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All About Mansfield, History & Tourism

Landmarks Of Mansfield: Reed’s Building

30 Nov , 2017  

On a couple of occasions during the 28 previous entries in our “Landmarks of Mansfield” series, we have referred to a particular building as a “survivor.”

That description could certainly be used for the structure we focus on today. Downtown Mansfield has seen several department stores come and go, but only a couple of their former homes remain. One is a Civil War era building that once housed the city’s home-grown dry goods retailer still stands sentinel over the Square and Central Park. More…

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History & Tourism

Landmarks of Mansfield: The Farmers Bank Building

7 Nov , 2017  

It rises some 157 feet above the pavement of Park Avenue West, a 53,000 square foot structure that speaks to the optimism and economic health of early 20th century Mansfield.

The Farmers Bank Building was constructed in 1929. In that decade and the one following, many Midwestern cities saw the building of Classical and Art Deco skyscrapers, many of which, like the Farmers Bank Building, remain the tallest in their respective communities. Each provided a dramatic refutation that its city was a “backwater,” instead proclaiming that it had “arrived” in the modern world. More…


History & Tourism

Landmarks of Mansfield: Walpark Building

25 Oct , 2017  

The Walpark Building at 13 Park Avenue West occupies a unique location in the history of Mansfield.

In 1858, the City of Mansfield – which had become a city from a village just a year earlier – erected a City Hall and market building at the southeast corner of Market (now Park Avenue West) and Walnut Streets. The lot was purchased for $1,500 (an amount which the City actually had to borrow), and the structure cost some $10,000 to construct. More…

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History & Tourism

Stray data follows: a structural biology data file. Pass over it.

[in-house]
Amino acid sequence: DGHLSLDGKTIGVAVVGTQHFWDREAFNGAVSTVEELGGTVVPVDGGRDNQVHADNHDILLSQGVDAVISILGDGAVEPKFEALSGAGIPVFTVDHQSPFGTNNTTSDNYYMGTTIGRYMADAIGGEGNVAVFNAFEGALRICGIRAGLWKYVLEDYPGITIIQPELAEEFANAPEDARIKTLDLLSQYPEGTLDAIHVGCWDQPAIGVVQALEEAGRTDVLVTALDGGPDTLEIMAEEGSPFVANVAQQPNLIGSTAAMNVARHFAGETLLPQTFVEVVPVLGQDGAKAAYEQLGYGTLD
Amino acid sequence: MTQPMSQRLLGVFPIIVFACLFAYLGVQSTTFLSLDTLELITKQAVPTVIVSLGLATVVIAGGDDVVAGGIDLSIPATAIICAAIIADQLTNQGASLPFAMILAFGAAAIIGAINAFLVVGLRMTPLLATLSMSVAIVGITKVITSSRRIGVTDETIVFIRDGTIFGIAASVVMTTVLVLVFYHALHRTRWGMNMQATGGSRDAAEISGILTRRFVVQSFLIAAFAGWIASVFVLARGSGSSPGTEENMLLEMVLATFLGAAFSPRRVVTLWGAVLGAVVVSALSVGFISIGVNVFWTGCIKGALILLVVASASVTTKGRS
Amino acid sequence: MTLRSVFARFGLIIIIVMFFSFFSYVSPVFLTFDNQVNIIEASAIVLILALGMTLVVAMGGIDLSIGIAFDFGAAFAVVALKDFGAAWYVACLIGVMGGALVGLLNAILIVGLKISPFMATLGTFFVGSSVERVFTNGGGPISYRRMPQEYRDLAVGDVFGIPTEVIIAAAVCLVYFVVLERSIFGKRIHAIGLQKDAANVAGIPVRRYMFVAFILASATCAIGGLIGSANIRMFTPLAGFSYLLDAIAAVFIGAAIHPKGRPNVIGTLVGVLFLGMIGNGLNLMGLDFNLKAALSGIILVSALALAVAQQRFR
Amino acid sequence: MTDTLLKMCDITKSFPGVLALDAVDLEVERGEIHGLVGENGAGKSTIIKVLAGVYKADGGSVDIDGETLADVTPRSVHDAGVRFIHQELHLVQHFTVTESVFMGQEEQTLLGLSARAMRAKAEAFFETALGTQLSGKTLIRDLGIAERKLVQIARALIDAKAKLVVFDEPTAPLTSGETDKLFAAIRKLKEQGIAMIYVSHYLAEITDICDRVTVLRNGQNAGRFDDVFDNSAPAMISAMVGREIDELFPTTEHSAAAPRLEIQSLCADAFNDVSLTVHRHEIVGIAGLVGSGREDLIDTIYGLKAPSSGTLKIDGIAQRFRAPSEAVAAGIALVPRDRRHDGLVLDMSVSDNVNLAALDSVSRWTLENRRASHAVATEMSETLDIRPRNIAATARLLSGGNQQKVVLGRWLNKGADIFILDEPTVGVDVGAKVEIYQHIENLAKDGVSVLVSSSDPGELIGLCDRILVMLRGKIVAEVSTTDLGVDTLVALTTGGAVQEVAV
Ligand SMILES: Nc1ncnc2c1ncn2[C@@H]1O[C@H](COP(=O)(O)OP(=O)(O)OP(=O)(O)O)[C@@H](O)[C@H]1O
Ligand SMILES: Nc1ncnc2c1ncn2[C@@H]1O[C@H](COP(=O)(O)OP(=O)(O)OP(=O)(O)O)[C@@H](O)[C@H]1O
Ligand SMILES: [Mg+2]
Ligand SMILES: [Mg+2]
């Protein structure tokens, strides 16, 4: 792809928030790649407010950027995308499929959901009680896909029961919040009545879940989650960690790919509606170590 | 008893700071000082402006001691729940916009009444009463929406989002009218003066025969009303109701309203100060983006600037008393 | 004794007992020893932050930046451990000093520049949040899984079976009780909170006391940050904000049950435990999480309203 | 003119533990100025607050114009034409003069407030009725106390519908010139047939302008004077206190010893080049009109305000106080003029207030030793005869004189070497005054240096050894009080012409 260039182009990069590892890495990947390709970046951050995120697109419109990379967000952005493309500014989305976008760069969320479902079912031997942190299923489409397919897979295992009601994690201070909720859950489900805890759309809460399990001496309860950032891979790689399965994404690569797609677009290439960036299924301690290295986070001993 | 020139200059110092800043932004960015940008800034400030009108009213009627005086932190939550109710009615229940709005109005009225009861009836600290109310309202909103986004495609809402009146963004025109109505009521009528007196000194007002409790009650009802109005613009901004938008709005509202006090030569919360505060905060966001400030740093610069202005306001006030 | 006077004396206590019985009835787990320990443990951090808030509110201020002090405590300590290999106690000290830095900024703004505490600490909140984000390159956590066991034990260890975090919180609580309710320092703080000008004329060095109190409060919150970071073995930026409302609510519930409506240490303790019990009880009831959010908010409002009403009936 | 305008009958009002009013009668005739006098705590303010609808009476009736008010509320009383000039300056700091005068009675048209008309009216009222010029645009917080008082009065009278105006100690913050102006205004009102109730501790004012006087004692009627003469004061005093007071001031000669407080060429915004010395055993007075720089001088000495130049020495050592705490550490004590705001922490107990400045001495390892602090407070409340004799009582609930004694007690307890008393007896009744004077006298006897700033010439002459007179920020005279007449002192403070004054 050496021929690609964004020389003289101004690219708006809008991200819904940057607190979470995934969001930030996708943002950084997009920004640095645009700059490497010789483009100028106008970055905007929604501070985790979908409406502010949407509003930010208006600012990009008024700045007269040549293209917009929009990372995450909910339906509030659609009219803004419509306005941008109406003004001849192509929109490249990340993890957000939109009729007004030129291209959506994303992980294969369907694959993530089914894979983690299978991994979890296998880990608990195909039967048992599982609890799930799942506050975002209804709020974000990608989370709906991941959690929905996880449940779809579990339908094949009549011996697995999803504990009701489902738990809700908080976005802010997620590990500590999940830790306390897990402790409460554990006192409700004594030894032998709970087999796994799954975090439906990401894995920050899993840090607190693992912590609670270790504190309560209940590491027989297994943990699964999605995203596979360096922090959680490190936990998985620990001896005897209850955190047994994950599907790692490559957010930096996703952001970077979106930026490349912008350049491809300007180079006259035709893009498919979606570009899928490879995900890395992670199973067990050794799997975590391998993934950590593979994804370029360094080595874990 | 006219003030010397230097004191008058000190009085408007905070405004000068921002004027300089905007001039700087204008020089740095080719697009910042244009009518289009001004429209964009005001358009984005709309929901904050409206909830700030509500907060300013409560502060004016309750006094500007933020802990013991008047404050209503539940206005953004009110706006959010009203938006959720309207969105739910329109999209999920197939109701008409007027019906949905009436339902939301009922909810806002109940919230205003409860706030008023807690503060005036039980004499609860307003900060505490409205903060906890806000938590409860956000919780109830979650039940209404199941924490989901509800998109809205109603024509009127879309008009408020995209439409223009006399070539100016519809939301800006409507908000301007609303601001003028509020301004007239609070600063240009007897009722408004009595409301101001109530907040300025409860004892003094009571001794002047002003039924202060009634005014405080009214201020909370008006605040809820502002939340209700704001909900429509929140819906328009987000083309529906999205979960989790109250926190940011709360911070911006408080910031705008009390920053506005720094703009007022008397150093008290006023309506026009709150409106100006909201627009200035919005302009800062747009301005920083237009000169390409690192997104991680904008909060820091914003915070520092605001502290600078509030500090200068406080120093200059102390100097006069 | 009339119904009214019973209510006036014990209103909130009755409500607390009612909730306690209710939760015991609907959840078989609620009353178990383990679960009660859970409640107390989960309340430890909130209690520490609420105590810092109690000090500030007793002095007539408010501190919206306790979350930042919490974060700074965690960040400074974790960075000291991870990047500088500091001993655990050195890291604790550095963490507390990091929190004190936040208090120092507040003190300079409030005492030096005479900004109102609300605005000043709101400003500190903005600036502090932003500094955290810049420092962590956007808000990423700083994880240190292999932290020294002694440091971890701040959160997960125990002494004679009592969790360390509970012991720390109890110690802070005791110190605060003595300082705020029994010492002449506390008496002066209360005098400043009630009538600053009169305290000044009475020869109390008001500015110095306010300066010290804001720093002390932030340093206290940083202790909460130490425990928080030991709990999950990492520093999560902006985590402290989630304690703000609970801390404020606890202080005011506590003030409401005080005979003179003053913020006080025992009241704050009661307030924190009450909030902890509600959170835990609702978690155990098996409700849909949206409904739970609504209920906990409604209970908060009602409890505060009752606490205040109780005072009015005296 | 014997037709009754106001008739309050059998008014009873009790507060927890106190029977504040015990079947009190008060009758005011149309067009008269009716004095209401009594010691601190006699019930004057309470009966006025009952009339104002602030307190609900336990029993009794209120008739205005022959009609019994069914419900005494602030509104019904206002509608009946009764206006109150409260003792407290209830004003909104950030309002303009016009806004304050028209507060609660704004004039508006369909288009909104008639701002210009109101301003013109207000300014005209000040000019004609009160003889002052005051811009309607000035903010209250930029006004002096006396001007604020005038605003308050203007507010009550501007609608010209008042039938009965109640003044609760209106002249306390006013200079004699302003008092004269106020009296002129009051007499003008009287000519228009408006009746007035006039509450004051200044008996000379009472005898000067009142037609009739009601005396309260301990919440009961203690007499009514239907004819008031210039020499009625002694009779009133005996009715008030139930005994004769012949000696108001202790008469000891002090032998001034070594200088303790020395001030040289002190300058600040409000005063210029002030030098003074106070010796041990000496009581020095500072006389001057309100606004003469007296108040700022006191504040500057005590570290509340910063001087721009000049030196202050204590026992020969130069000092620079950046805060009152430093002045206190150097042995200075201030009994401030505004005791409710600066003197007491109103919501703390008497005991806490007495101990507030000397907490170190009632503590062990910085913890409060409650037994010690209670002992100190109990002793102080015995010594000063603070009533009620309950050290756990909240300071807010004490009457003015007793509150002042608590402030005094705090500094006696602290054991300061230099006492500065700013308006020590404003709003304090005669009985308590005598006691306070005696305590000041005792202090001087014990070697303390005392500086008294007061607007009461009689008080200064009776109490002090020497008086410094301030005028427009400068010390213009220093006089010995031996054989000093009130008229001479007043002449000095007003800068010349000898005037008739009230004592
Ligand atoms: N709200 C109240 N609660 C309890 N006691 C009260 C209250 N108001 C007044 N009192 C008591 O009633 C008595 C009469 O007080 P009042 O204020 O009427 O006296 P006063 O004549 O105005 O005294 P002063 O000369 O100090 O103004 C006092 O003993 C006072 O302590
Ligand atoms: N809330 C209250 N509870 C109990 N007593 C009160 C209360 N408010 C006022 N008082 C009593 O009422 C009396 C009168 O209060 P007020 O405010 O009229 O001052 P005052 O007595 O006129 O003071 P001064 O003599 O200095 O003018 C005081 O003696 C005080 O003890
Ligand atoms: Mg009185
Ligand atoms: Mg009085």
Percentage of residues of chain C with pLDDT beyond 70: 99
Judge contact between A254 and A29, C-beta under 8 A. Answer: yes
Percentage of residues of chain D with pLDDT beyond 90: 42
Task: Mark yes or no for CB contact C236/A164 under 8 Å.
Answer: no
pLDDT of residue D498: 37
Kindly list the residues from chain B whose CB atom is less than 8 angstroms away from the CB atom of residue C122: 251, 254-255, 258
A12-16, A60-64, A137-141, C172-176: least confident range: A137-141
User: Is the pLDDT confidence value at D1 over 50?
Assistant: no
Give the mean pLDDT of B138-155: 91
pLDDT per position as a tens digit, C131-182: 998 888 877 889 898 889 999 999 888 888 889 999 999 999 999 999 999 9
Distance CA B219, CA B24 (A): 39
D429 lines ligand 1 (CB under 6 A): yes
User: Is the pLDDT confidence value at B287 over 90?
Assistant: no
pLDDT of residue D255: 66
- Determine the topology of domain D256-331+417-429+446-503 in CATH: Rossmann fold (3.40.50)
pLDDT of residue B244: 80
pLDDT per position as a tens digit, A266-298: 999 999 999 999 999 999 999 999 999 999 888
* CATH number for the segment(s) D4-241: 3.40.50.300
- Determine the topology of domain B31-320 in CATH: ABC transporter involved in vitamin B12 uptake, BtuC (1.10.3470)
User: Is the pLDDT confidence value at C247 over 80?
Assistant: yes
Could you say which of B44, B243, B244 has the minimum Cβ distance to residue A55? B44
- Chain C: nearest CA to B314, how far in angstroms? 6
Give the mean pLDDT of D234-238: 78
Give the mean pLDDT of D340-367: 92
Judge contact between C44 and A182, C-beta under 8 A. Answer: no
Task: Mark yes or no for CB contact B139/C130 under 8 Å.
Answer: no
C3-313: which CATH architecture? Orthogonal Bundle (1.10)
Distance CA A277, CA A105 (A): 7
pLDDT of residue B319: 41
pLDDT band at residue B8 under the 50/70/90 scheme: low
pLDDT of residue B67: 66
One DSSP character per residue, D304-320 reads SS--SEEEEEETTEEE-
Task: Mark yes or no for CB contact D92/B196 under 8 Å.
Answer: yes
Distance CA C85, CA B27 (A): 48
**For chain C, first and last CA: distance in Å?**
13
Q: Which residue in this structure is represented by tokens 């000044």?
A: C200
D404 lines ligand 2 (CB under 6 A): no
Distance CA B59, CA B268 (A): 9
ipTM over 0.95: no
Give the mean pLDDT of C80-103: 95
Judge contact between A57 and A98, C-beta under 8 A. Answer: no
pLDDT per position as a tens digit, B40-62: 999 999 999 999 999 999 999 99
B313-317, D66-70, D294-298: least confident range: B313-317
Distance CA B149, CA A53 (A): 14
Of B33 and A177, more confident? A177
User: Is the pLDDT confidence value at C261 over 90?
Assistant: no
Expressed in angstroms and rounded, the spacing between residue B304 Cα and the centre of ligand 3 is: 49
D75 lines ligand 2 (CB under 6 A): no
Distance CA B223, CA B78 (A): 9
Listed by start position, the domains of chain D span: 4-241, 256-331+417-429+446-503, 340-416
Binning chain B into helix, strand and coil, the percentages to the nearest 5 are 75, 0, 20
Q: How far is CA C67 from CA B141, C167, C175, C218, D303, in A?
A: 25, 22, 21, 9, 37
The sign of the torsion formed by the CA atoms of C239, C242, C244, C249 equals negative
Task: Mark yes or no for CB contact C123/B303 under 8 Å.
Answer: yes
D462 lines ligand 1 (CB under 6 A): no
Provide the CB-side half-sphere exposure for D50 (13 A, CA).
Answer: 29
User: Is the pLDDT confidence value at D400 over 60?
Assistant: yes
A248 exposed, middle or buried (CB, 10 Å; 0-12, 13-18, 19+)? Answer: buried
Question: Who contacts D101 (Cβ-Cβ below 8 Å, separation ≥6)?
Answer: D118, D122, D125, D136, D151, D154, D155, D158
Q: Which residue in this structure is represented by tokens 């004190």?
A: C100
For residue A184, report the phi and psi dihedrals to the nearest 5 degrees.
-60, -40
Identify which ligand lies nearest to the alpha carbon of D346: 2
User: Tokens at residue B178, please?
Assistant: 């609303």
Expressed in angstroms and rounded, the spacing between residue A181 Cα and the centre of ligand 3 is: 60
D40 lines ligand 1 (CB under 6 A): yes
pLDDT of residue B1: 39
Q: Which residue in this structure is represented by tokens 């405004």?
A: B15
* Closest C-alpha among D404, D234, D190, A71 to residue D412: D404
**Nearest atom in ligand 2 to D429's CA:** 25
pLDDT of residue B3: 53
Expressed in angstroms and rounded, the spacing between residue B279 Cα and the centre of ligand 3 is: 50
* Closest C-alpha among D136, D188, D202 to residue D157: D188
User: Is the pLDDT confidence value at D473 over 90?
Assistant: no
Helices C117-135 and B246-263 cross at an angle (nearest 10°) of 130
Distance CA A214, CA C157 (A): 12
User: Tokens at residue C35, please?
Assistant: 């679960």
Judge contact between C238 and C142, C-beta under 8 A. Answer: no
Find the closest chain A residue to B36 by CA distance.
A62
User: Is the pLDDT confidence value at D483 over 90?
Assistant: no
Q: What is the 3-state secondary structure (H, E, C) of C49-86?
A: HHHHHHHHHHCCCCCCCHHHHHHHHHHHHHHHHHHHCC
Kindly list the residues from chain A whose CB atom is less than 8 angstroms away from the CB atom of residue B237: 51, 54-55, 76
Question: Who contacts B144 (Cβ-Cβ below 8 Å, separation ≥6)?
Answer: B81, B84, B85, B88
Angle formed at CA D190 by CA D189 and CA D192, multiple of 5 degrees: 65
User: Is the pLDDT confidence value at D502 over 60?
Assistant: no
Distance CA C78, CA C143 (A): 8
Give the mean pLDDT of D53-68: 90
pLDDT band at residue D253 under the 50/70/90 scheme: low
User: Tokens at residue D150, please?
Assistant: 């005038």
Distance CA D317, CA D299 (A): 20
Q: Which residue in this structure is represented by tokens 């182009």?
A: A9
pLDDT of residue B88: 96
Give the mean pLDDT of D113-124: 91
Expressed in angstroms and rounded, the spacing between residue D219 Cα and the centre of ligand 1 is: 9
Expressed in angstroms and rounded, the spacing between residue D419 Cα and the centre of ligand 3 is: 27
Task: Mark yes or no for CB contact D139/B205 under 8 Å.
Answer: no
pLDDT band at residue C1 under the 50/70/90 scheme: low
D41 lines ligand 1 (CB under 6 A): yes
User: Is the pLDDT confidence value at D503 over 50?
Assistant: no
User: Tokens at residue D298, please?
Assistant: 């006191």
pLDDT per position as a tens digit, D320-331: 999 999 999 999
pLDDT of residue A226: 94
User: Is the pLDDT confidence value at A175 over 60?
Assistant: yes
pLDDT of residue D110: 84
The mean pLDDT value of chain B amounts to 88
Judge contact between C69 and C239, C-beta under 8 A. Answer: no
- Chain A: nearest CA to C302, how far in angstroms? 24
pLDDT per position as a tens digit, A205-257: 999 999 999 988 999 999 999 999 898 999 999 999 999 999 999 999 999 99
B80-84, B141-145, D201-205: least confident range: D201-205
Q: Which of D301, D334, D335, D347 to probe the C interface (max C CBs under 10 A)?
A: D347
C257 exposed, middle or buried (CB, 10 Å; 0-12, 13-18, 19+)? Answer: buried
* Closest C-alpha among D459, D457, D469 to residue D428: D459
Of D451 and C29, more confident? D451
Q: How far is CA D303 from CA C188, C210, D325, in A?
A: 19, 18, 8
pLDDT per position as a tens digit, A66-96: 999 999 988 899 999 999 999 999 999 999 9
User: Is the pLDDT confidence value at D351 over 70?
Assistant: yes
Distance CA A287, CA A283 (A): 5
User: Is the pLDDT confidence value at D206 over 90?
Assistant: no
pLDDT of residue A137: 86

Landmarks Of Mansfield: Grace Gospel Tabernacle

17 Oct , 2017  

Mansfielders of today might not recognize the original name of this familiar building, itself nearing its 100th birthday.

On Sunday, October 10, 1920, the Grace Gospel Tabernacle was dedicated at 95 East Third Street in downtown Mansfield. The congregation, which had been founded just four years previously, was enthusiastic about their new building — which was already a bit snug. More…


All About Mansfield, History & Tourism

Landmarks of Mansfield: The Dr. James W. Craig House

5 Oct , 2017  

The Dr. James W. Craig House, now home of the Richland Area Chamber of Commerce, is a proud survivor of late Victorian Mansfield.

The house was constructed in 1890 as a home and office for Dr. Craig and his family. At the time, Mulberry Street was the location of choice for physician and surgeon offices. Craig had purchased the property in 1885 for $15,000. More…


History & Tourism

Landmarks Of Mansfield: Entrance To South Park

1 Oct , 2017  

The stately columned entrance to South Park tells two stories.

First is the love that late nineteenth and early twentieth century Mansfielders obviously had for parks and nature. After the Civil War, local citizens, like their counterparts across the country, sought respite from the grit and grime of city streets in bucolic settings. Before 1890, the city was benefited through the donation farmland for the purpose of establishing a municipal park. More…